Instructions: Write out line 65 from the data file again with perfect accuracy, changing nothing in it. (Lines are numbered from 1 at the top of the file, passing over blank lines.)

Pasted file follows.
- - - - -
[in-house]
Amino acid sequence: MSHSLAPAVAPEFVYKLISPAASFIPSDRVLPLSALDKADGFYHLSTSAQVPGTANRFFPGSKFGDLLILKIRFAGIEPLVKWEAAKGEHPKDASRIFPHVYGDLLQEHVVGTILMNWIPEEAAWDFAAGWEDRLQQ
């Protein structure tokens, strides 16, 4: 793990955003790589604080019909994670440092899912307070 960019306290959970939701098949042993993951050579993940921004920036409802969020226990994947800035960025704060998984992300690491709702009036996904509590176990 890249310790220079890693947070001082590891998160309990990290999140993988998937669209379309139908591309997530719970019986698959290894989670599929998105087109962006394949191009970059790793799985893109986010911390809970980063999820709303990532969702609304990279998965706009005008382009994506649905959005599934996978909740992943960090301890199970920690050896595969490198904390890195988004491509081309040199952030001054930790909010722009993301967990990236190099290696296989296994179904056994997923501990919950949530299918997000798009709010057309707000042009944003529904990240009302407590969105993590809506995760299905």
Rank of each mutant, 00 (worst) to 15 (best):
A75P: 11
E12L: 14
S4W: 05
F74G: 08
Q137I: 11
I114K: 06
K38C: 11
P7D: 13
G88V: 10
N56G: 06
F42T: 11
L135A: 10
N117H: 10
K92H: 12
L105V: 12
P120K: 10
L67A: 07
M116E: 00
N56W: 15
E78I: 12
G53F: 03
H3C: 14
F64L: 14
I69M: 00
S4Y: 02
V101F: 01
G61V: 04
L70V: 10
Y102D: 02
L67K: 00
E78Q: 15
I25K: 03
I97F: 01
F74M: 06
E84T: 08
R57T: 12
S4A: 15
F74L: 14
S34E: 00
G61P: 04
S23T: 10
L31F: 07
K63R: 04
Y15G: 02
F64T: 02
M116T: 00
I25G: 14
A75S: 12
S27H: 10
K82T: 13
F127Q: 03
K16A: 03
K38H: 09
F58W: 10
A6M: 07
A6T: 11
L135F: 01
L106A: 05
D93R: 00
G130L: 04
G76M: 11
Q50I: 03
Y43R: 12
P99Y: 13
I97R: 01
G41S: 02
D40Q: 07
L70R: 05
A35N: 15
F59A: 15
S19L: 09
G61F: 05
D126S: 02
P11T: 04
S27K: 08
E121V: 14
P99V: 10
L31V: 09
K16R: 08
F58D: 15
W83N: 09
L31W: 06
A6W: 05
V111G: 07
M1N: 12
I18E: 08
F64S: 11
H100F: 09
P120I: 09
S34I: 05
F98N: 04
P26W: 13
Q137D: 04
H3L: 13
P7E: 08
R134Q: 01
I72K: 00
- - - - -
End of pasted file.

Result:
G76M: 11